5. Solidarity Is Different from Hope
“Not me, us,” a Sanders slogan that marks a contrast with Clinton’s “I’m with her,” announces another radical idea: politics makes commonality where it wasn’t there before.
There was some of this in Obama’s 2008 campaign. “Yes we can” and “We are the people we’ve been waiting for” were ways of saying this. But Obama’s other slogan, “Hope,” was more about looking forward to a world that is coming. Hope may be shared, but it switches easily to a personal register: your hope, my hope. Solidarity is different: it looks around, and it acts with and for other people, because we are in this thing together. We haven’t had a politics like this for a long time; but the Sanders moment is a recollection of how it feels, and a move toward rebuilding it.
6. Democracy Is More than Voting
Democracy, at least in today’s world, is about the relationship between economic power and political power. It is, in the old slogan, about enabling organized people to grapple and with and dominate organized money. Ultimately, it is about organized people deciding how money should be organized—in financial regulation, say, or campaign finance reform—rather than the other way around.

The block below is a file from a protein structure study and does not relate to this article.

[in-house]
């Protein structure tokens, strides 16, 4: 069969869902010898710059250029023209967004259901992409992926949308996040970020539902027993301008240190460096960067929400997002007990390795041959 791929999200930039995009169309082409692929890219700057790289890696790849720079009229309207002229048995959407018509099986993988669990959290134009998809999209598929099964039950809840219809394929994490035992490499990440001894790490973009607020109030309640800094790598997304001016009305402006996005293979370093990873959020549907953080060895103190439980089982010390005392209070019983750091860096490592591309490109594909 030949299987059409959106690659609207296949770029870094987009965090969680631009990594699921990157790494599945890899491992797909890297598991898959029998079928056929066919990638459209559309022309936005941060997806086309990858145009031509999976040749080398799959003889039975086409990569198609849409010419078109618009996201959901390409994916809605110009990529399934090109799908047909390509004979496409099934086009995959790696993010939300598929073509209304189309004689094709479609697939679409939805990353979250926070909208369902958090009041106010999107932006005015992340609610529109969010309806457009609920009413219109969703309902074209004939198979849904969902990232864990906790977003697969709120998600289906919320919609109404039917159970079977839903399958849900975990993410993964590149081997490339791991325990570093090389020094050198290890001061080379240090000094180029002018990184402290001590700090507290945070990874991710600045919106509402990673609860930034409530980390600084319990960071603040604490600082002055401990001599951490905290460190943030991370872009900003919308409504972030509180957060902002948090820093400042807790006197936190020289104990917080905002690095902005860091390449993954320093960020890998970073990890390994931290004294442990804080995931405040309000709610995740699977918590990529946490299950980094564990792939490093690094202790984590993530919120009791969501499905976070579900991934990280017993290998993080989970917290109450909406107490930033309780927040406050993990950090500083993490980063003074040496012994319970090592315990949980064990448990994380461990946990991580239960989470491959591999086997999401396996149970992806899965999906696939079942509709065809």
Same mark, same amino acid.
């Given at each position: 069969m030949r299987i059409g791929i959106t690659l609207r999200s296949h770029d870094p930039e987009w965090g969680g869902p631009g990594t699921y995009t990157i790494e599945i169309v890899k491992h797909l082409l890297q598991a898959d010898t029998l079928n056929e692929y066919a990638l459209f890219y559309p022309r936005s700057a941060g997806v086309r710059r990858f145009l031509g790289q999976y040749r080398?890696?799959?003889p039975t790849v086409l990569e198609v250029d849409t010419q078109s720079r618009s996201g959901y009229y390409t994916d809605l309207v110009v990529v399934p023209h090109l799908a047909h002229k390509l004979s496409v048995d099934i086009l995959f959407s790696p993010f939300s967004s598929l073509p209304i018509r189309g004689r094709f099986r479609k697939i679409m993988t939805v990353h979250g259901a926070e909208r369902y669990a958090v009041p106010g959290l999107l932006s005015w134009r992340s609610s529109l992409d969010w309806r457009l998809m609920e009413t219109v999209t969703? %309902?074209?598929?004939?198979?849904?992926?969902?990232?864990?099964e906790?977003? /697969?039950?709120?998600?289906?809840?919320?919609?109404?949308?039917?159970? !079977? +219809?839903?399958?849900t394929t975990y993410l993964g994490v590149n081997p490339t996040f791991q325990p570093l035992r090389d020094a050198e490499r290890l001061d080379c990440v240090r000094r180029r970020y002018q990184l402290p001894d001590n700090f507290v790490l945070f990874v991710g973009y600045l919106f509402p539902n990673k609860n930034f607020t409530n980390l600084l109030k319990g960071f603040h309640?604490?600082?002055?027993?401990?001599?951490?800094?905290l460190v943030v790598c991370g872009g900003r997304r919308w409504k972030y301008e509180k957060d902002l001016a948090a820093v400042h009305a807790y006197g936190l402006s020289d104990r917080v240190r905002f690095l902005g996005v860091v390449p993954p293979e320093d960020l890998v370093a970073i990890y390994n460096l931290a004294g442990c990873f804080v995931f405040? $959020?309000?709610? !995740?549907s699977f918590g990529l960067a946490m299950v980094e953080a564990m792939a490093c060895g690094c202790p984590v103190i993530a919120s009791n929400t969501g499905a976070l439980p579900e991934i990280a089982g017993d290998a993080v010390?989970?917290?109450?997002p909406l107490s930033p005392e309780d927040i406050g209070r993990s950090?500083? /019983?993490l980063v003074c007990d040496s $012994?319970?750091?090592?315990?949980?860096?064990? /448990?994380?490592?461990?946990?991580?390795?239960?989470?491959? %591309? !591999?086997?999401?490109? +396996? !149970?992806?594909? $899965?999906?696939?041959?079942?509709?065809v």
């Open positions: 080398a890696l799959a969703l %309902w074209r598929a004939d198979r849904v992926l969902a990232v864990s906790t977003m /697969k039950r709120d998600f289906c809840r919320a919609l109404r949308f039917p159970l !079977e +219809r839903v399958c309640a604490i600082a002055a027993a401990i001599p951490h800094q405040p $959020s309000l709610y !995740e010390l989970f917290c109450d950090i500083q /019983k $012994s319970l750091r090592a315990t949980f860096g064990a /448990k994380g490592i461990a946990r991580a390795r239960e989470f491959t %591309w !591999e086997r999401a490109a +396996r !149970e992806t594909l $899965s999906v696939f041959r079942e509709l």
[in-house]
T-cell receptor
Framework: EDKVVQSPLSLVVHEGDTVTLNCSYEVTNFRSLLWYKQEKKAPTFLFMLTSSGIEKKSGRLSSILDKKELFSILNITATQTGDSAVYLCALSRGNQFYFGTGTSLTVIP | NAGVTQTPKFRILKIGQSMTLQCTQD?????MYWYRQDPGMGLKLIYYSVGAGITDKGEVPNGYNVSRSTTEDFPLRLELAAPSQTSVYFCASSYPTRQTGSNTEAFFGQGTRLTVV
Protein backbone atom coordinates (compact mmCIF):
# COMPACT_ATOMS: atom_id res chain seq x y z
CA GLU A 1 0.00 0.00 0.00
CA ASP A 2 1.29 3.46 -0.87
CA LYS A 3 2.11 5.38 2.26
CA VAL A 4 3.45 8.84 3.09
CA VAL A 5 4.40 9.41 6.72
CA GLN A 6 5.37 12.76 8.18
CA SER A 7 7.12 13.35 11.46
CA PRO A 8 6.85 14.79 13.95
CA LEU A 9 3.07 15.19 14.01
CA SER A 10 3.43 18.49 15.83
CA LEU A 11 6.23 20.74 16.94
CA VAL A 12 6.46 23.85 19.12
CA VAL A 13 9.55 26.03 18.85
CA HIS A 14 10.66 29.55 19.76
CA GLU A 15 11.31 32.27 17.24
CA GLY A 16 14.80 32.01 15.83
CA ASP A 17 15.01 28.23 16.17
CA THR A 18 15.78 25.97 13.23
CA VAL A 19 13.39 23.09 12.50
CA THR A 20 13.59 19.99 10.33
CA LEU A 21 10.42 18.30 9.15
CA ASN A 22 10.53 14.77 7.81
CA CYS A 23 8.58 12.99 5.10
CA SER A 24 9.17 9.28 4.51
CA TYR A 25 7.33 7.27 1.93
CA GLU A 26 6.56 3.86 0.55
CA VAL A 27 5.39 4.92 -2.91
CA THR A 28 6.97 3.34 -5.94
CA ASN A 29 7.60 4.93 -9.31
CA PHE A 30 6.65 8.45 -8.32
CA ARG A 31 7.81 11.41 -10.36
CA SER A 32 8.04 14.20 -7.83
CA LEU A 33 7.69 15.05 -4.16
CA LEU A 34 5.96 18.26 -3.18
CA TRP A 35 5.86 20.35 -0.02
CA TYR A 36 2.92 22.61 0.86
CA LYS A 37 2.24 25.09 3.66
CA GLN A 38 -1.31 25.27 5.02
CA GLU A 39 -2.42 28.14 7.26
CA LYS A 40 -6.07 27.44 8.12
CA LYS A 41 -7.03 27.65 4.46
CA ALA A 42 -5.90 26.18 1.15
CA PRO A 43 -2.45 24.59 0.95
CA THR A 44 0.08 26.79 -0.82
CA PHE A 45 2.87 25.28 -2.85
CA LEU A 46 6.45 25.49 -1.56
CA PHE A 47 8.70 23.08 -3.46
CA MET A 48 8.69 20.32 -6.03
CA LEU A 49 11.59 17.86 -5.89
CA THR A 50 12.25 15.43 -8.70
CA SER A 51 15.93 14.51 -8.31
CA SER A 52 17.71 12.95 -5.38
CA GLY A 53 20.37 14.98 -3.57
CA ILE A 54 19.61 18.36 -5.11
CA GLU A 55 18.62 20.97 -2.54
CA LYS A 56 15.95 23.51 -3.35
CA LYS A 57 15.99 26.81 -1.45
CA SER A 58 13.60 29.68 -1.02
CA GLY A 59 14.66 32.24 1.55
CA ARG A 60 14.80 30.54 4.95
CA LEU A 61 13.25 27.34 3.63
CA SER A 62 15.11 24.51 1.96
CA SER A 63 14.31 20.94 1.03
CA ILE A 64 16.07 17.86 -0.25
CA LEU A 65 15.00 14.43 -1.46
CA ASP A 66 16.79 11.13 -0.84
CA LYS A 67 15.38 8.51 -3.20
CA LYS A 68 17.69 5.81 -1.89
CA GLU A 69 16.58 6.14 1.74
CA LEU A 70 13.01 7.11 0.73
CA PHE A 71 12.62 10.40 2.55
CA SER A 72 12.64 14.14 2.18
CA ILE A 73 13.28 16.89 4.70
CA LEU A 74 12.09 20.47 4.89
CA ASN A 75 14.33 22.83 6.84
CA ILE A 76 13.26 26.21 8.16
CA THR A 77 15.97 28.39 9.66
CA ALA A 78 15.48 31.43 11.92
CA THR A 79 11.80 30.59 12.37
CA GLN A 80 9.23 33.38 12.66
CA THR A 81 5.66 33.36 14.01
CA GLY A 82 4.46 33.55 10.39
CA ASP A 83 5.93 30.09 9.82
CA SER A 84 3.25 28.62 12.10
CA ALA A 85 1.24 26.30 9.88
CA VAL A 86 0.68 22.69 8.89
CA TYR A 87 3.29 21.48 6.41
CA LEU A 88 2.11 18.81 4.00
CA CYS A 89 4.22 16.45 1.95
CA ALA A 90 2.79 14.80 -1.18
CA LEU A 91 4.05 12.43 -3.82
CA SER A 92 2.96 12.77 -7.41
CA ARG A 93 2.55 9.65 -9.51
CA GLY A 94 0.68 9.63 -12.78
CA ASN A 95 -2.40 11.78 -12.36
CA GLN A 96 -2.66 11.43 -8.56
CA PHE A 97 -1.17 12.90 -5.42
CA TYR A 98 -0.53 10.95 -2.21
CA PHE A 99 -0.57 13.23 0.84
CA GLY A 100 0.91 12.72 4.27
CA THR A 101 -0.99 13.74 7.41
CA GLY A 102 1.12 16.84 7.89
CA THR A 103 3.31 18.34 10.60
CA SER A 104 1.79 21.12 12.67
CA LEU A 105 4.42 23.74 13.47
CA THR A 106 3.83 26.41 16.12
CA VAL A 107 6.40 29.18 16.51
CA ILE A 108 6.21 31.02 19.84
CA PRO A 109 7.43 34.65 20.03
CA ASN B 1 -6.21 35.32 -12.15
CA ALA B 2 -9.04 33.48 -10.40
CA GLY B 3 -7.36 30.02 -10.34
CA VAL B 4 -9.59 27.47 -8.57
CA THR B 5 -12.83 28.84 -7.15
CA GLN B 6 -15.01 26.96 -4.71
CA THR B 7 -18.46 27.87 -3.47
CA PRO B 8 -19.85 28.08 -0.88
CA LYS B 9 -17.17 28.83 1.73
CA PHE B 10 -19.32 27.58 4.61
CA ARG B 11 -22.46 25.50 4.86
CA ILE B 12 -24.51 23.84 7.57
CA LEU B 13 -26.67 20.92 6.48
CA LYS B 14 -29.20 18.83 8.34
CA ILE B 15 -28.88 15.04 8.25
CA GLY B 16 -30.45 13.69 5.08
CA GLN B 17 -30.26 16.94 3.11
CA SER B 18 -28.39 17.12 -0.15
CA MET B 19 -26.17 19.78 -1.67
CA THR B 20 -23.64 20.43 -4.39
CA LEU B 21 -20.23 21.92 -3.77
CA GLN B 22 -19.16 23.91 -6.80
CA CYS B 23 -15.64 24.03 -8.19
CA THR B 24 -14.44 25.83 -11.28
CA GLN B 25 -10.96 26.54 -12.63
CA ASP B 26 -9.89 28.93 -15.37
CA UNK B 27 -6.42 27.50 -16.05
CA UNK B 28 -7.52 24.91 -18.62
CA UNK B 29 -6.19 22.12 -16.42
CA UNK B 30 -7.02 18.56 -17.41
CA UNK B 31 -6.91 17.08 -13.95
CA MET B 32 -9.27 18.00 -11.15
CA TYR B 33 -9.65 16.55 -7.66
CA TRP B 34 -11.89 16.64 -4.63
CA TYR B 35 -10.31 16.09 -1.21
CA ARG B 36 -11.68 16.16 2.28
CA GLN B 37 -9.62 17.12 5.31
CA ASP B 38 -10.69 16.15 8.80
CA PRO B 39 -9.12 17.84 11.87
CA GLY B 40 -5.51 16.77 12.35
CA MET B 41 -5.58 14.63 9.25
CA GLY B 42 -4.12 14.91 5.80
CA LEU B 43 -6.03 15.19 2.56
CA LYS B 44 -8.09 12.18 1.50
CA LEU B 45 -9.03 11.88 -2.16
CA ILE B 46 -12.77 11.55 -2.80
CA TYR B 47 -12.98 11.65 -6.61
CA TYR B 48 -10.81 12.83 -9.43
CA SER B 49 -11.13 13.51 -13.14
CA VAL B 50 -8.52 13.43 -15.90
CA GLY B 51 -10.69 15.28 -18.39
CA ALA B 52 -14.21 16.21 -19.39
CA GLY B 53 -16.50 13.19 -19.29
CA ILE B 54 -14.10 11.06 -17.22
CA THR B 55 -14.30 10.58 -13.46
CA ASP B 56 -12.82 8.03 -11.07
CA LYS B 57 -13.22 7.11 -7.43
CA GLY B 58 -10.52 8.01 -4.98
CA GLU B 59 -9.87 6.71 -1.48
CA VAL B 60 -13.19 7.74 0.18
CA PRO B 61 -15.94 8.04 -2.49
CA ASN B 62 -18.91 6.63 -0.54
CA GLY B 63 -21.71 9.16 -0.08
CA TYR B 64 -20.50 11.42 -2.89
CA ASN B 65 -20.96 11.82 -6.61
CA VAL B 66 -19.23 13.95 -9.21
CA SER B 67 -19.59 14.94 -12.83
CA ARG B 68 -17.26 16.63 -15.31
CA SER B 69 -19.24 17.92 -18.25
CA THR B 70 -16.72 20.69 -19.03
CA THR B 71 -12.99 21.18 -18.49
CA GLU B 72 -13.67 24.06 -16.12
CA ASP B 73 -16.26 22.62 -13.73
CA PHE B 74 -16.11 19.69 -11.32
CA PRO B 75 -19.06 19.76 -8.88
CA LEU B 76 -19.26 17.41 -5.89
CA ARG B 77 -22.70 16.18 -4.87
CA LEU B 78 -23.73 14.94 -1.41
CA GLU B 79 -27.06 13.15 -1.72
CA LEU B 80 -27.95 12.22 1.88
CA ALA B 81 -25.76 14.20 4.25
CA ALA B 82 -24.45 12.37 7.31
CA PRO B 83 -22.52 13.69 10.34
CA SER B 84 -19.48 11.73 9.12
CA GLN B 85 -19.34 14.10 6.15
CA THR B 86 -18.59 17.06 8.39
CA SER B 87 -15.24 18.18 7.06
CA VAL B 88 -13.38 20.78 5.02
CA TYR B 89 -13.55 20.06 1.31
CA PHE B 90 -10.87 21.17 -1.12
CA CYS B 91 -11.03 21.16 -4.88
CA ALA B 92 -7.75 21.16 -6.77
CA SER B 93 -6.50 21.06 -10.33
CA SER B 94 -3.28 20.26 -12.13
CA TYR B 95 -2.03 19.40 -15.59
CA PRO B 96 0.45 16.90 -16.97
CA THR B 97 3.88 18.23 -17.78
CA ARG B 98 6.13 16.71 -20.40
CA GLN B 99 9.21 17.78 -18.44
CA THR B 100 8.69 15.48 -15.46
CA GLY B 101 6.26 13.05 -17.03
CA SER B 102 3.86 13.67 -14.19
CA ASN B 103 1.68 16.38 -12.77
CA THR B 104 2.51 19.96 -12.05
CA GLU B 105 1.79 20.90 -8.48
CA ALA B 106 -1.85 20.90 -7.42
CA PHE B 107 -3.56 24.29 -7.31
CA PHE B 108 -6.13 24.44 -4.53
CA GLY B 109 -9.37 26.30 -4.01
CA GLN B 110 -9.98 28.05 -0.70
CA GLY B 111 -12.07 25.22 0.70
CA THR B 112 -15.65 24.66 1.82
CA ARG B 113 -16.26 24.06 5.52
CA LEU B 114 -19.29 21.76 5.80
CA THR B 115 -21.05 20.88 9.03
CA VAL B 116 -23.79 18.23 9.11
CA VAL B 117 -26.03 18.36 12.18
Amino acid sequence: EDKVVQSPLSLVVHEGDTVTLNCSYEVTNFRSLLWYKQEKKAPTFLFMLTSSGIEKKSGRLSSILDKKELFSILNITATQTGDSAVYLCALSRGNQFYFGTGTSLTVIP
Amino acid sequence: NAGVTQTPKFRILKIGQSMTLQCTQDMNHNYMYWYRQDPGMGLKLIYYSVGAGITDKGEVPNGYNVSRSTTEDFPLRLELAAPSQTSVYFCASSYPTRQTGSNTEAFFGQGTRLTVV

It’s a hard way back from a political system saturated in money, and a constitutional culture that has embraced money as speech. But we see that it’s the way we need to go.
7. Not Everything Has to Be Earned
Bill Clinton often said that he wanted a fair return for people who “work hard and play by the rules.” And of course working hard and honoring the rules (at least where the rules are fair and legitimate) deserves respect. But the national fixation on people getting what they “deserve,” from meritocratic rewards in higher education to incarceration (“Do the crime, do the time,” the prosecutors say) has gotten out of hand. It locks us into a mutual suspicion of people getting away with something—pocketing some perk or job or government benefit that they didn’t “really earn”—while ignoring the way the whole economy tilts its rewards toward those who already have wealth. A left program should shift the attention from zero-sum questions about who gets what, and at whose expense, to bigger questions about what everyone should get just for being part of the social order: education (including good higher education), health care, safety in their neighborhood, an infrastructure that works.